How Denise Soler Cox is Diversifying Latino Stories Through Project Enye

How Denise Soler Cox is Diversifying Latino Stories Through Project Enye

Growing up, Denise Soler Cox never really felt like she fit in wholly anywhere. At four years old, the Puerto Rican left familiar faces, voices and cultures when her family moved from the Bronx to the suburbs of Westchester County. There, she was the only Latina in the neighborhood, and that was a struggle. The kids teased her, often calling her “spic,” but, strangely, those same schoolchildren influenced her. Soon, her Spanish wasn’t the same, and she had secured the “gringa” nickname in her family.

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What was she, she wondered, the “spic” who brought platanos in her lunchbox, or the “gringa” who couldn’t carry a conversation with her Spanish-speaking abuelos?

Her story isn’t unique to U.S. Latinos. In fact, most of us can share our own “ni de aquí, ni de allá” stories. But while this sense of unbelonging, shame and identity insecurity is felt by so many of us, the actual experience is pretty lonely.

Soler Cox wants to change that. Through Project Enye, a multimedia documentary project she co-founded in 2013 focused on sharing the diverse stories of first-generation, U.S.-born Latinos with at least one parent from a Latin American country, she hopes to empower and ease the anxieties of the 16 million Enyes living in the country.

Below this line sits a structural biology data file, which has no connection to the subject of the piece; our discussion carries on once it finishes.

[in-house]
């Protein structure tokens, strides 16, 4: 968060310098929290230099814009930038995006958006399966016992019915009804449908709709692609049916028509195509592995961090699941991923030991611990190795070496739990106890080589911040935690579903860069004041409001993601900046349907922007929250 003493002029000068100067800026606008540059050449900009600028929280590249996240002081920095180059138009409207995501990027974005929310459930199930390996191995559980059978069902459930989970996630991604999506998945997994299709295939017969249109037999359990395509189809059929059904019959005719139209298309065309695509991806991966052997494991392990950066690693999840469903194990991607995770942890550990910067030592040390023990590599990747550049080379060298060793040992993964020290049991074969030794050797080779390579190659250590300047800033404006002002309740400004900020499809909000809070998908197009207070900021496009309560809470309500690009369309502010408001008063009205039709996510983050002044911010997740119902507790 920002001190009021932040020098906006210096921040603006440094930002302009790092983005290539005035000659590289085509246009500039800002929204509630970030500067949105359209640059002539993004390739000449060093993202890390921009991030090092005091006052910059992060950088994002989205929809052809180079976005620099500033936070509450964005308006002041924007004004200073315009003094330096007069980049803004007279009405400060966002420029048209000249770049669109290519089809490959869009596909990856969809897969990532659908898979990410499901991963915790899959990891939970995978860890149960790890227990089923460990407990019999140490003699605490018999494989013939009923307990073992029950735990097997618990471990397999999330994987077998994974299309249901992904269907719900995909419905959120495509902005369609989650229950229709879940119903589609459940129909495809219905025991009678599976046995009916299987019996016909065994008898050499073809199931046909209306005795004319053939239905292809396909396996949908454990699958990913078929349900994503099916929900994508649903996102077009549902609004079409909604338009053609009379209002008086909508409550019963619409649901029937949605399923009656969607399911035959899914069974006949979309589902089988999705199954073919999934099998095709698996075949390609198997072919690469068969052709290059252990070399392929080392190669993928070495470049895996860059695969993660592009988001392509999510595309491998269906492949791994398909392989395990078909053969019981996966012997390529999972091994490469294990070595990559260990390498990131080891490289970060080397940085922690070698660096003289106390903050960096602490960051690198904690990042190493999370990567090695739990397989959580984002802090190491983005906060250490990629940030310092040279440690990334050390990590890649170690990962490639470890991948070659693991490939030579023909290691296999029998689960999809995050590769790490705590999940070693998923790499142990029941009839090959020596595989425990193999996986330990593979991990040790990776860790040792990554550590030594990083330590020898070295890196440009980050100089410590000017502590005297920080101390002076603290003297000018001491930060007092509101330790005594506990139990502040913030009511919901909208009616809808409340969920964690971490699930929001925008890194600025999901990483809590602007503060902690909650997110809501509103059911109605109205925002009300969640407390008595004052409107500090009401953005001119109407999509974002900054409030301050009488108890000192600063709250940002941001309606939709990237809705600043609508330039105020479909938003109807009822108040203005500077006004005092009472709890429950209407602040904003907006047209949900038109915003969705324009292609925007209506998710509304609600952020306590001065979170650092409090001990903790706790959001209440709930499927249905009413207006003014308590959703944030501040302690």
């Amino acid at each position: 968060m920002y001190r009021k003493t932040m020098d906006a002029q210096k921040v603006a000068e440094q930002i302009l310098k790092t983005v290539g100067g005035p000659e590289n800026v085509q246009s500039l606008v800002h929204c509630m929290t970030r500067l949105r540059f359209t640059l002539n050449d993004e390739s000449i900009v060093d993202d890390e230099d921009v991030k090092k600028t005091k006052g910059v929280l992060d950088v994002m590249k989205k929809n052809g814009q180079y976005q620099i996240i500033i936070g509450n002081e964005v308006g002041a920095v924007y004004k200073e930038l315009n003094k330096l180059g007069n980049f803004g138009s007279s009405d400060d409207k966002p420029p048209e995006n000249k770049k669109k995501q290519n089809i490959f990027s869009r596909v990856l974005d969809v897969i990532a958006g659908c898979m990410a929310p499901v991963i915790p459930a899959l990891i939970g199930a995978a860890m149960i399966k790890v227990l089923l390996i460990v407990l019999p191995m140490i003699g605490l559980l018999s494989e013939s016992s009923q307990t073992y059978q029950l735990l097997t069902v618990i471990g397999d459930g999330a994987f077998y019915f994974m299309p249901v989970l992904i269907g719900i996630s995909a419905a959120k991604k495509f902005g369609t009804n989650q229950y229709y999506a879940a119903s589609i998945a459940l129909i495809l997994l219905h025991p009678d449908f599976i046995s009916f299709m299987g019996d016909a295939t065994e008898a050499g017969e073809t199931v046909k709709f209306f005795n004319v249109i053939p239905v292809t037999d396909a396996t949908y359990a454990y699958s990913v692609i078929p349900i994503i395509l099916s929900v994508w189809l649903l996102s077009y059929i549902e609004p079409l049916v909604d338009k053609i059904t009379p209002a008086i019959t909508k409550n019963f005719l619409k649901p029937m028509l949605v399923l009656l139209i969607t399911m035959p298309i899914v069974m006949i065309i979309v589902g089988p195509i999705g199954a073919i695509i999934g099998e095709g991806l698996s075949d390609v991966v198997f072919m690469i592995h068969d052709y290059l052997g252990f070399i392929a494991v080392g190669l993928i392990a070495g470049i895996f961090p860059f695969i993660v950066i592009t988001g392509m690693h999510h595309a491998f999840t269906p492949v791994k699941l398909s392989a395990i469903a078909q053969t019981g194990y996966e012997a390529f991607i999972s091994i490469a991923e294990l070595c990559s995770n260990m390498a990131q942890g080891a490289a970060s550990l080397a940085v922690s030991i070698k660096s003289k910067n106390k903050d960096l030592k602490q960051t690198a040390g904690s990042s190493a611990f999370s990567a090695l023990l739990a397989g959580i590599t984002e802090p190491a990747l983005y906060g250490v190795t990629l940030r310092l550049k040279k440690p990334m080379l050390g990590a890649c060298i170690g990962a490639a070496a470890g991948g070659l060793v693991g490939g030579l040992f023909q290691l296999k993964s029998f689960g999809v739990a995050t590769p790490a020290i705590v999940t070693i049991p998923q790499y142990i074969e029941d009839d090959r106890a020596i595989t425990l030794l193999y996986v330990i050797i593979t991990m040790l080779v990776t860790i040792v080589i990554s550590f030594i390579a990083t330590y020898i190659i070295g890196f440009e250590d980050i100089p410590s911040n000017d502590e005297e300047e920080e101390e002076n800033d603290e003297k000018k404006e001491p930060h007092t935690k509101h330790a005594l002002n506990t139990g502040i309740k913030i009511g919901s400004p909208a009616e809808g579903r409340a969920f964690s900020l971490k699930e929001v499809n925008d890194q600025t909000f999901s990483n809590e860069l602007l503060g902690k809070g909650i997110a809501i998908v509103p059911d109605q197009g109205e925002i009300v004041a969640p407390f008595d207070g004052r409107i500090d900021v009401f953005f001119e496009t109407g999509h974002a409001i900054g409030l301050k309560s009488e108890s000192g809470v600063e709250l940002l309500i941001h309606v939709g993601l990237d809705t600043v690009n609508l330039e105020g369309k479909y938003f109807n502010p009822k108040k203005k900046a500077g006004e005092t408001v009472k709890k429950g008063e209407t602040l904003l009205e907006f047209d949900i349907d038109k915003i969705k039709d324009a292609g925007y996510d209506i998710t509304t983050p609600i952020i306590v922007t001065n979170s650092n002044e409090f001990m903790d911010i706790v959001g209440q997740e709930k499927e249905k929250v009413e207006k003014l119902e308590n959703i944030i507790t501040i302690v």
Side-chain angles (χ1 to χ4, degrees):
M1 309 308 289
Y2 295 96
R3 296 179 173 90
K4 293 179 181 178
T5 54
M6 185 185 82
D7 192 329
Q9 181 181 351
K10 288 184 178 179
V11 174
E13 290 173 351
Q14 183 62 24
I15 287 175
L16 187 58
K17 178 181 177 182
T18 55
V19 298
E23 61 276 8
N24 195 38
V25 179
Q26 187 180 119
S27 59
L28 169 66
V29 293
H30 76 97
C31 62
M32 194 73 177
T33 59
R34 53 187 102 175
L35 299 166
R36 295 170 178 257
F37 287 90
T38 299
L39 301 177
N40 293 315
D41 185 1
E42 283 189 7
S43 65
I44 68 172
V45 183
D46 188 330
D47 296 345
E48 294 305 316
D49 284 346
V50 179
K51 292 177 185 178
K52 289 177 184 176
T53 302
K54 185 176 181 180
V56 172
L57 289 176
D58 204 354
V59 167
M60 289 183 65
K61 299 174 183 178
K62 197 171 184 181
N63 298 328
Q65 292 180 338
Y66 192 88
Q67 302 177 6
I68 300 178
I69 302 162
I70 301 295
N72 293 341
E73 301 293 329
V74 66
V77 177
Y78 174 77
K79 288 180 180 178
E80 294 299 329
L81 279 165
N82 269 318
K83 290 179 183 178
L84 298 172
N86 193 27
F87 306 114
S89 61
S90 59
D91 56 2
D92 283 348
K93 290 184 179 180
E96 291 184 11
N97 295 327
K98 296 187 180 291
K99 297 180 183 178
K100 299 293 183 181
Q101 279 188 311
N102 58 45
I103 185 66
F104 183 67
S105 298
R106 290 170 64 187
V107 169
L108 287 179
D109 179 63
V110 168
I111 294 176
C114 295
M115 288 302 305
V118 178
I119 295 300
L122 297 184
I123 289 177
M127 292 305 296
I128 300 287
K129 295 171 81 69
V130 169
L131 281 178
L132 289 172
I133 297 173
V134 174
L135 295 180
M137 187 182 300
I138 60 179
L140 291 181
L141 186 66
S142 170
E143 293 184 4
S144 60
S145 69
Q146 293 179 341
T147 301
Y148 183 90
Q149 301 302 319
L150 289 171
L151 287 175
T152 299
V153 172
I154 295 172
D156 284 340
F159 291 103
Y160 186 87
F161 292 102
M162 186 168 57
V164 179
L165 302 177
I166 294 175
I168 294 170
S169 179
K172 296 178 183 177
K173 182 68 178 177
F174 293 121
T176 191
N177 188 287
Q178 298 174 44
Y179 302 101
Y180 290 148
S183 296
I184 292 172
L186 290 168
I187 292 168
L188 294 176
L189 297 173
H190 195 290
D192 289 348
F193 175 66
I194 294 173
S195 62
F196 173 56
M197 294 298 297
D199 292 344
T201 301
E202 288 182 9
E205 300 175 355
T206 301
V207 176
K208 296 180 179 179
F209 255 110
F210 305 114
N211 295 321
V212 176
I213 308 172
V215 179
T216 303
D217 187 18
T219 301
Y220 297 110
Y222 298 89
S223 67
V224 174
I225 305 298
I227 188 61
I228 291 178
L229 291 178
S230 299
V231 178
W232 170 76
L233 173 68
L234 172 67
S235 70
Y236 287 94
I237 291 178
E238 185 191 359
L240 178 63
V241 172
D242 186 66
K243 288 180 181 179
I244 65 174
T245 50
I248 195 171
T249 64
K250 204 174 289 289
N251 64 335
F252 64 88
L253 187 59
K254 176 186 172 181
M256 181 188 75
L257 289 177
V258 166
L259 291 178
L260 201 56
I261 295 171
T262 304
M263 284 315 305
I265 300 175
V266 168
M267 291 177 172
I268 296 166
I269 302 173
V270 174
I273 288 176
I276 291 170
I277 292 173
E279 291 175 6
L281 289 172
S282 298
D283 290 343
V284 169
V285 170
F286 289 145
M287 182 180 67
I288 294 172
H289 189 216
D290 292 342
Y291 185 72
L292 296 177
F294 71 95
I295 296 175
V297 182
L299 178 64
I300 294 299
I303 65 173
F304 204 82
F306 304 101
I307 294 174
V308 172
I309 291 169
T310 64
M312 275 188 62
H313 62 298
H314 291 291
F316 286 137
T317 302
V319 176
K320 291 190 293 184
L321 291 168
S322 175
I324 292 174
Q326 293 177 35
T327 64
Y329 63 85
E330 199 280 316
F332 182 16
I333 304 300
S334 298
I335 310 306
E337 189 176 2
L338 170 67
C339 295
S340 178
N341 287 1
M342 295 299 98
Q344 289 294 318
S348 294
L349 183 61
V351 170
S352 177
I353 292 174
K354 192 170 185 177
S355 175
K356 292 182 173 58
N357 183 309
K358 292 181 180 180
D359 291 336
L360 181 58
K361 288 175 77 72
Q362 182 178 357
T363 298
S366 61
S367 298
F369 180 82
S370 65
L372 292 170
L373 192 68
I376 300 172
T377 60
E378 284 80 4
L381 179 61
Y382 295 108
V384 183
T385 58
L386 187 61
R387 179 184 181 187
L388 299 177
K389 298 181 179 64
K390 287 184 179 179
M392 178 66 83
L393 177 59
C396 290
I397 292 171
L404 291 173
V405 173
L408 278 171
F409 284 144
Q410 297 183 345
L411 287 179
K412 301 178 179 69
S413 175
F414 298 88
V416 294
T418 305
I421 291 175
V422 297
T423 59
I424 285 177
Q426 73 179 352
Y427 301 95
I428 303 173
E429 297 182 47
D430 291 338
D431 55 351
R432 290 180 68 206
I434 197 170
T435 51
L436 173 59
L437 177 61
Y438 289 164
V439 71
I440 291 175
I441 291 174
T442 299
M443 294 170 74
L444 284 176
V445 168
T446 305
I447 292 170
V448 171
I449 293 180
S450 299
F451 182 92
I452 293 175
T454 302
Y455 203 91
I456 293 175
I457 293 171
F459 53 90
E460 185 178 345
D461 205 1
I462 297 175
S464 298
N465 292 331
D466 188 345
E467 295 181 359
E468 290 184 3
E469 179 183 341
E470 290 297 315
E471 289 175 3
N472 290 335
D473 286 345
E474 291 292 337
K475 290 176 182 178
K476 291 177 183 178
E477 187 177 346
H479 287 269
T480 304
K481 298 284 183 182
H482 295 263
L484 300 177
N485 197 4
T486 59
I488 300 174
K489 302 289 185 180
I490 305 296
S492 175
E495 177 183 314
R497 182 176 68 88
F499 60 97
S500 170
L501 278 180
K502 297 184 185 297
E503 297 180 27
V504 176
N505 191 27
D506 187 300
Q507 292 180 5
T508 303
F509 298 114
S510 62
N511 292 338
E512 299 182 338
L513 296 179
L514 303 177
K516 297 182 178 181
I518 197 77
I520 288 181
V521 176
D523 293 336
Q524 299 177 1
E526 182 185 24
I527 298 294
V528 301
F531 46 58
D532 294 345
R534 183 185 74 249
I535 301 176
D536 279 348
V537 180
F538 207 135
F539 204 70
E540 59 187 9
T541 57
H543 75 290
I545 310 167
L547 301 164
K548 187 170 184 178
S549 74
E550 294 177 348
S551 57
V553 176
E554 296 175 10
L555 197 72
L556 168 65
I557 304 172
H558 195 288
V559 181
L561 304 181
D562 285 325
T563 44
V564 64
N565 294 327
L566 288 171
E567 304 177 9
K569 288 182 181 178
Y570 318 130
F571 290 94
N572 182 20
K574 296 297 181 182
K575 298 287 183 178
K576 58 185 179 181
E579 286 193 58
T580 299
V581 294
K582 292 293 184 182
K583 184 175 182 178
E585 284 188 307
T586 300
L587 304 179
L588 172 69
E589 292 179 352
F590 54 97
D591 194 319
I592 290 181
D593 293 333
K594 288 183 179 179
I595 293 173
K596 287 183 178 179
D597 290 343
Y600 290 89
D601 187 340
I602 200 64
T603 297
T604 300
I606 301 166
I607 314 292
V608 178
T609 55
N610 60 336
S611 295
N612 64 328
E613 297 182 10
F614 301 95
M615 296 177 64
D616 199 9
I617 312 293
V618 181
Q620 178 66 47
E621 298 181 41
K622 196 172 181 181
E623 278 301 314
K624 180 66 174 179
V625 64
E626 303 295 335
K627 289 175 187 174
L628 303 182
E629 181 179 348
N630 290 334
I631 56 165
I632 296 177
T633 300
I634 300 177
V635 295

Tell us about Project Enye.

Before I can talk about Project Enye, I have to explain what an Enye (ñ) is. Enyes are  first-generation, American-born Latinos who have at least one parent from a Spanish-speaking country. Project Enye, then, is a multi-platform documentary project about these Enyes. Through video interviews, we share cultural and familial stories to build community among Enyes and to help heal them from the shame they often feel for not being enough of any of their identities. We are multi-platform, so we share 3-minute video micro-docs on the site, along with podcasts and blogs, and post 15-second stories on Instagram and other social networks. We also have a film, still in post-production, that extends on this message. We are taking that documentary on the road in a country-wide tour.

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